Terry Tempest Williams wrote “Why I Write” (published in a collection of narratives on first-person writing, Writing Creative Nonfiction, edited by Philip Gerard). Here are just a few of the inspiring lines:
I write to make peace with the things I cannot control. I write to create fabric in a world that often appears black and white. I write to discover. I write to uncover. I write to meet my ghosts. I write to begin a dialogue. I write to remember. I write to forget. I write because it allows me to confront that which I do not know. I write because I believe it can create a path in darkness. I write past the embarrassment of exposure. I write as though I am whispering in the ear of the one I love.
Terry’s words give me that delicious feeling all good writing does: I feel cracked open and deeply relaxed, and I feel an urgency to write.
When people ask what I write, I never tell them about my decades of journaling thousands of pages, and in the last five years, on the computer. How can I account for writing that will never be published, that never could be, in the form in which its written? It is essential to my life. This has been true for so many others. Journal writing has helped people survive inconceivable horrors. Most recently, the woman kidnapped at eleven years old, Jaycee Dugard, published her memoir (A Stolen Life) and in it are printed several pages from the diary she kept throughout many those years of torment. Journal writing was her only friend. Anne Frank’s journal was her only friend when she desperately needed one. And Virginia Woolf wrote to herself in longhand in ways she could never write for the waiting literary world, though posthumously, those journals became as well known as the novels that made her famous. Still, that is not why she wrote. Like Terry Tempest Williams, these women I mention here wrote “as a witness to what I have seen.”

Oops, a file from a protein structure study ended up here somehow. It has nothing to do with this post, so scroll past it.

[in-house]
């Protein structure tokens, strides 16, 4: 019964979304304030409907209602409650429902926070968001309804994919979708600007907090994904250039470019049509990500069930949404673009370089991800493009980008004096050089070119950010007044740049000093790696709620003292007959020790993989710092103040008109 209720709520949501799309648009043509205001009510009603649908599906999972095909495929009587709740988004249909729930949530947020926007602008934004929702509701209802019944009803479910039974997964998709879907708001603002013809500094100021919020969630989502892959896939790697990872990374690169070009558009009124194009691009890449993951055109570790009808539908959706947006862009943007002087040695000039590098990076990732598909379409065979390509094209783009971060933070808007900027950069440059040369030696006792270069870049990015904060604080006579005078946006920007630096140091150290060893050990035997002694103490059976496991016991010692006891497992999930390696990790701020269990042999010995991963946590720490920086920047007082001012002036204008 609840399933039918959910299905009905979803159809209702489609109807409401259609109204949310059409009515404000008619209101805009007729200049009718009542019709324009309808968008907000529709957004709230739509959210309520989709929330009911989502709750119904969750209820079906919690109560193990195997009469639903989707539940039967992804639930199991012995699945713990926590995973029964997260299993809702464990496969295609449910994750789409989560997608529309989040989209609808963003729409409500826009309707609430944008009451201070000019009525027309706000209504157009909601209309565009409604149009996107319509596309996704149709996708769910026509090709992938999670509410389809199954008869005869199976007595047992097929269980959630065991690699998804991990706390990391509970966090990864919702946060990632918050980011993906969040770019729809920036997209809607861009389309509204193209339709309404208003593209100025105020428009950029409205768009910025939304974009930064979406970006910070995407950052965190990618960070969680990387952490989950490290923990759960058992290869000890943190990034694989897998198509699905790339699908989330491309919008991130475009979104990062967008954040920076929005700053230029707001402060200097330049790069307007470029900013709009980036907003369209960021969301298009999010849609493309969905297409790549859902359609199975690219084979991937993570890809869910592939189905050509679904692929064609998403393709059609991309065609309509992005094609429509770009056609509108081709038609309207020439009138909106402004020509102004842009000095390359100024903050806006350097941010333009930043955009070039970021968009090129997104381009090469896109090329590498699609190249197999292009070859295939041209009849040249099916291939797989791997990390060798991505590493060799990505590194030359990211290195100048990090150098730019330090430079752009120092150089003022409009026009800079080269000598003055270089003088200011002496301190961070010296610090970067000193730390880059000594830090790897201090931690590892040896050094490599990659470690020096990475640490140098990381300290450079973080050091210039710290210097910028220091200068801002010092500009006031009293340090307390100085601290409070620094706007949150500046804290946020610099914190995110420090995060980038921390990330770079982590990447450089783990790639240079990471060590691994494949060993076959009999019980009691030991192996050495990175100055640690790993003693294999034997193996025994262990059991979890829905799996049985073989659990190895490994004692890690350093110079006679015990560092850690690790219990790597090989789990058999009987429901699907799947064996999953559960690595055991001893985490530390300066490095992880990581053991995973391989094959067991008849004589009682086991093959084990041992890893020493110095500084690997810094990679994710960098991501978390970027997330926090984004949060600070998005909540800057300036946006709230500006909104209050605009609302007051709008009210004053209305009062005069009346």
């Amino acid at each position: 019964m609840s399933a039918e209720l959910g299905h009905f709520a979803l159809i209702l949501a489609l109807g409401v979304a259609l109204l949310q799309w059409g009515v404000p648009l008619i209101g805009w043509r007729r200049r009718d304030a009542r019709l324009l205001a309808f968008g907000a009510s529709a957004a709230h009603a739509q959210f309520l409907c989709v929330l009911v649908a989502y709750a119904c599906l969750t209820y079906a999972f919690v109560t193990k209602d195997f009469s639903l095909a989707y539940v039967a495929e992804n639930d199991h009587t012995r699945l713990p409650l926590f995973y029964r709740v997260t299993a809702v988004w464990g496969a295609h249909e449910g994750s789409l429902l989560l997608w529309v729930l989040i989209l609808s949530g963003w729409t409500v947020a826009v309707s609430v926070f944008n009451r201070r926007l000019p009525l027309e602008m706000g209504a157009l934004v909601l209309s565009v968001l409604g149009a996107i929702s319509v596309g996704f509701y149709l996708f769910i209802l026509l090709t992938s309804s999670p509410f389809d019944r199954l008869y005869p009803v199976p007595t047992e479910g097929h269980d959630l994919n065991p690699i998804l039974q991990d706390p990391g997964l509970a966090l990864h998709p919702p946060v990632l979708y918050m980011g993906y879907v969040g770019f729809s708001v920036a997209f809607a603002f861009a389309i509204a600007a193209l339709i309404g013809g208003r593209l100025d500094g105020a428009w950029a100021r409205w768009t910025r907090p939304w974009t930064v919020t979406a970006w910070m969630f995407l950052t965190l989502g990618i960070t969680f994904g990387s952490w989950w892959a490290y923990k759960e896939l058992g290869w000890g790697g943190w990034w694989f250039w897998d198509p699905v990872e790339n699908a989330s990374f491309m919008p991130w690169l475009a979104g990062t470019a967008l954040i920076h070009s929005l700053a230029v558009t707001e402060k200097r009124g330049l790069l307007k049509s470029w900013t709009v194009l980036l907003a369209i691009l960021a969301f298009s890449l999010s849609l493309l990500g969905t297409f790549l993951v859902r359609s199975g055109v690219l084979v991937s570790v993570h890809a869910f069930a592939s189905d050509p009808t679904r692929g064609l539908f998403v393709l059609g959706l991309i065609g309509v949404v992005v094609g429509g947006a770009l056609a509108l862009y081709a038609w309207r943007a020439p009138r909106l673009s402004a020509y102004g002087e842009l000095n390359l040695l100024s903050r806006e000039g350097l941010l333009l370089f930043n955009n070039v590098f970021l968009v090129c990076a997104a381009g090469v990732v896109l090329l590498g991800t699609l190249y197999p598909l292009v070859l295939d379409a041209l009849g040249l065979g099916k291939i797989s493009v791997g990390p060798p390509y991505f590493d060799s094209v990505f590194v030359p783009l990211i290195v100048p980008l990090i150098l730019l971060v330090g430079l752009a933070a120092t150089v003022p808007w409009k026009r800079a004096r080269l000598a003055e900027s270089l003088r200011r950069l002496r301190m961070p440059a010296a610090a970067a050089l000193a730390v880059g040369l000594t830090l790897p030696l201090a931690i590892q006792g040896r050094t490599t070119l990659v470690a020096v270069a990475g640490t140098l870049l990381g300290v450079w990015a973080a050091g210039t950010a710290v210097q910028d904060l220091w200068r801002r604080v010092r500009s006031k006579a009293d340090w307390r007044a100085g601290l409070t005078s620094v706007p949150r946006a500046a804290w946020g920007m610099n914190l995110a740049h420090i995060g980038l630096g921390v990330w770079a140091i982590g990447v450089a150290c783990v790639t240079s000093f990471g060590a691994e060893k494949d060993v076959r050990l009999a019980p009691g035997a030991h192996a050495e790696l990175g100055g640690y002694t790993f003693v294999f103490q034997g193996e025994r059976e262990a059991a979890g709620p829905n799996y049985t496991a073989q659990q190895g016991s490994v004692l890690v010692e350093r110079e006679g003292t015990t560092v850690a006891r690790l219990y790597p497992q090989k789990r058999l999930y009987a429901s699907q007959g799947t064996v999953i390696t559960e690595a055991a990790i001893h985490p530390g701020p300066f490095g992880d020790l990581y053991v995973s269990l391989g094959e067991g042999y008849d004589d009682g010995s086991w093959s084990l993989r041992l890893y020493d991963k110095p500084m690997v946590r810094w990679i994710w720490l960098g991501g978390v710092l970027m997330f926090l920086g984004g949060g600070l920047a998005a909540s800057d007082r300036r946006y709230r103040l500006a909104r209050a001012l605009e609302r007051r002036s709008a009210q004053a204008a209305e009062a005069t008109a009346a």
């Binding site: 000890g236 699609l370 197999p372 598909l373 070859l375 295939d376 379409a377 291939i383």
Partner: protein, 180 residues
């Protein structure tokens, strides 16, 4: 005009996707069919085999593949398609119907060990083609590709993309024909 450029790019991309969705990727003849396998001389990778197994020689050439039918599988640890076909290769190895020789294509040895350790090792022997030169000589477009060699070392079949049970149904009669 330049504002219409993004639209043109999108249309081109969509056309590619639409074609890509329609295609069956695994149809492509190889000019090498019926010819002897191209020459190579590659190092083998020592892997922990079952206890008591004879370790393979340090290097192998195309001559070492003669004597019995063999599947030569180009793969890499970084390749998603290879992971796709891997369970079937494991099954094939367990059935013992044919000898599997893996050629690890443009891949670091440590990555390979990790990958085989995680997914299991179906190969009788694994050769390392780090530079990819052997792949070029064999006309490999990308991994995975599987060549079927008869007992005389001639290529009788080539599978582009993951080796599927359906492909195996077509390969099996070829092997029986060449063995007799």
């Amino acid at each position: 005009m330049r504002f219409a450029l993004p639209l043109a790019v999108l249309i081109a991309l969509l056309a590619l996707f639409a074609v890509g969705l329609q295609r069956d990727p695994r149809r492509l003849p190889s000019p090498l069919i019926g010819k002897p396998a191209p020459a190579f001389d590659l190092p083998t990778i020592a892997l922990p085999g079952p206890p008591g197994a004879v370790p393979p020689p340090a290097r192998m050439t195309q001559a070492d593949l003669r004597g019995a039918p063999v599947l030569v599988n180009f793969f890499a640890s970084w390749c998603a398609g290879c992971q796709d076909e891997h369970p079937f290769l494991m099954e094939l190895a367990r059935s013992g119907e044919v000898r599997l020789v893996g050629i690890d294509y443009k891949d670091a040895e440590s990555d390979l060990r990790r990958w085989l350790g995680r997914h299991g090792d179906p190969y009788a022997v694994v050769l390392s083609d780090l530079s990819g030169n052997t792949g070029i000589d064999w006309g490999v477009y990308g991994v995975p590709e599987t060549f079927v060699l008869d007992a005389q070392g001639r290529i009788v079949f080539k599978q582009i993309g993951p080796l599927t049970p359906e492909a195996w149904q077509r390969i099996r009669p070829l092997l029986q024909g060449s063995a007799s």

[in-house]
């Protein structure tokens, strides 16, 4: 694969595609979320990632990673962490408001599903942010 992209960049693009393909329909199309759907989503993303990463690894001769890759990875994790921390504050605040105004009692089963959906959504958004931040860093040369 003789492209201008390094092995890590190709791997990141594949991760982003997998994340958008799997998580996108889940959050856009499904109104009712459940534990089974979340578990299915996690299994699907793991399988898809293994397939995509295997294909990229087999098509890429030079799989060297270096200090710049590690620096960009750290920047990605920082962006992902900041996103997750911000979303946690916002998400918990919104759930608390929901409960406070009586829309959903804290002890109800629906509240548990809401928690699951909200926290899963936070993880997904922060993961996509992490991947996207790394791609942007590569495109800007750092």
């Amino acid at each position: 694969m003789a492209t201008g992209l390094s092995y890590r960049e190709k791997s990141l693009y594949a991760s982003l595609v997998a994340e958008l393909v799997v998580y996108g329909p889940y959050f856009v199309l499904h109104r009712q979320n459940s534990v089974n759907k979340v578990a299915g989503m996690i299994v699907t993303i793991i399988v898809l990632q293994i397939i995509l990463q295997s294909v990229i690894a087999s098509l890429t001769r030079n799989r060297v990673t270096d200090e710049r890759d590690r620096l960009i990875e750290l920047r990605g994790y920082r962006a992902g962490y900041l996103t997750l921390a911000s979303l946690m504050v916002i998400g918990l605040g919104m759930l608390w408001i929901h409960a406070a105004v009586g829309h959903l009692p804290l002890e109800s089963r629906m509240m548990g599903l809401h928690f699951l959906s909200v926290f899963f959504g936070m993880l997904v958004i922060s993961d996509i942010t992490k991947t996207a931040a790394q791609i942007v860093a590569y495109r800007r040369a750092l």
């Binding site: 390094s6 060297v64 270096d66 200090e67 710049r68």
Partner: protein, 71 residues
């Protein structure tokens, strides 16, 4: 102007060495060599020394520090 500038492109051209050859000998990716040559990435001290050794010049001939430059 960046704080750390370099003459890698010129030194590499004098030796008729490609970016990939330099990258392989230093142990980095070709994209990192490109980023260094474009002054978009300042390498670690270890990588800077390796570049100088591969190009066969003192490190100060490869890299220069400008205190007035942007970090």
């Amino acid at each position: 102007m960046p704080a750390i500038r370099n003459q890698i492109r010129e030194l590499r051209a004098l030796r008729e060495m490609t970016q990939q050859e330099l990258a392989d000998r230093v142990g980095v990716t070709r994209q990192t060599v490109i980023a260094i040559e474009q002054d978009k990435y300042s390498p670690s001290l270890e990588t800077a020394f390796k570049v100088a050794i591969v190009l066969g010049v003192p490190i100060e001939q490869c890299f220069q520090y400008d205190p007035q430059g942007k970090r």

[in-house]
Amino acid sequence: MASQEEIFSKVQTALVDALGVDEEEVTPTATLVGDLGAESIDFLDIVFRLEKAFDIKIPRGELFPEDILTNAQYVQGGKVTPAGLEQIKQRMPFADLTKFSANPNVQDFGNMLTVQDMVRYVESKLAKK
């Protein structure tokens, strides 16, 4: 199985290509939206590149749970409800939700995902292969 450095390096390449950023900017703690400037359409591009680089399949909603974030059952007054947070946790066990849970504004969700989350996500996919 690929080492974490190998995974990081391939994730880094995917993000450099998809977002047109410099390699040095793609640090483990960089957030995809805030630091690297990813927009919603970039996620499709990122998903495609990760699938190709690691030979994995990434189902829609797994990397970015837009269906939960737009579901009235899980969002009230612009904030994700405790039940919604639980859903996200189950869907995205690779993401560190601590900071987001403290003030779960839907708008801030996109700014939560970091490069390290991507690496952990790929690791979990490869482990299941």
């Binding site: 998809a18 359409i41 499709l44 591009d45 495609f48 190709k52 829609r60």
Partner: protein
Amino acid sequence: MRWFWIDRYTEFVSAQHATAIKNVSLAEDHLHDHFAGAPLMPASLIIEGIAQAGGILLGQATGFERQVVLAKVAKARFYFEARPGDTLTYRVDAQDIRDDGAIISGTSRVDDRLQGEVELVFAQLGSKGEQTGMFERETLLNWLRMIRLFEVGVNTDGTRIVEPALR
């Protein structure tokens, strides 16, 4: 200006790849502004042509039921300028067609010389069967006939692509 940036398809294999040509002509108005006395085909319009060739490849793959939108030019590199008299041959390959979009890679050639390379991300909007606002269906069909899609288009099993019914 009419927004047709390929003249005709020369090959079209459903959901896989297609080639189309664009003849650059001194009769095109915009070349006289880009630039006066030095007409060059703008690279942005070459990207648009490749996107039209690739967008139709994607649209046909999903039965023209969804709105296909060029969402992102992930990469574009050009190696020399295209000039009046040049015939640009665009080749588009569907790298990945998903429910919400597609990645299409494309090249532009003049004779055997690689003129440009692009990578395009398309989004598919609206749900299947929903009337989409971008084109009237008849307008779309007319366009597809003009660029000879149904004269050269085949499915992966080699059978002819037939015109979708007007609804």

Inspired by Williams, I will answer the same question: Why do I write?
I write to say hello to myself when the world is quiet and I can hear. I write to connect with myself when the world is noisy and I can’t hear. I write to take photographs. I write to make peace. I write to find answers. I write with the hope of a new view. I write because it is my first language. I write to record exchanges that have already vaporized but help me when I remember what was said. I write to give myself something to hold onto. I write because just looking and listening isn’t always enough. I write because the pale green moss clothing the redwood branches outside my window isn’t there for only one reason any more than the shimmering hummingbird is there for a single reason, pointing its beak into the pink gladiola and beating its wings into a feathery blur. I write to be a witness to what I have seen. I write to tell stories that help me understand my life. I write to give purpose to experiences that seem senseless. I write because the rain is never just water falling from the sky. I write because, besides being held in my lover’s adoring gaze or beholding beauty that leaves me speechless, there is no higher moment of being like there is when language sends me skybound. I write because it feels like a warm handshake. I write because no one is listening and when no one is listening I am free. I write because it is something I always have and so much is often out of reach. I write for the scream of it. I write for the whisper of it. I write for the song of it. I write to tell the story and give it new endings. I write to take endings and turn them into beginnings.
Why do YOU write?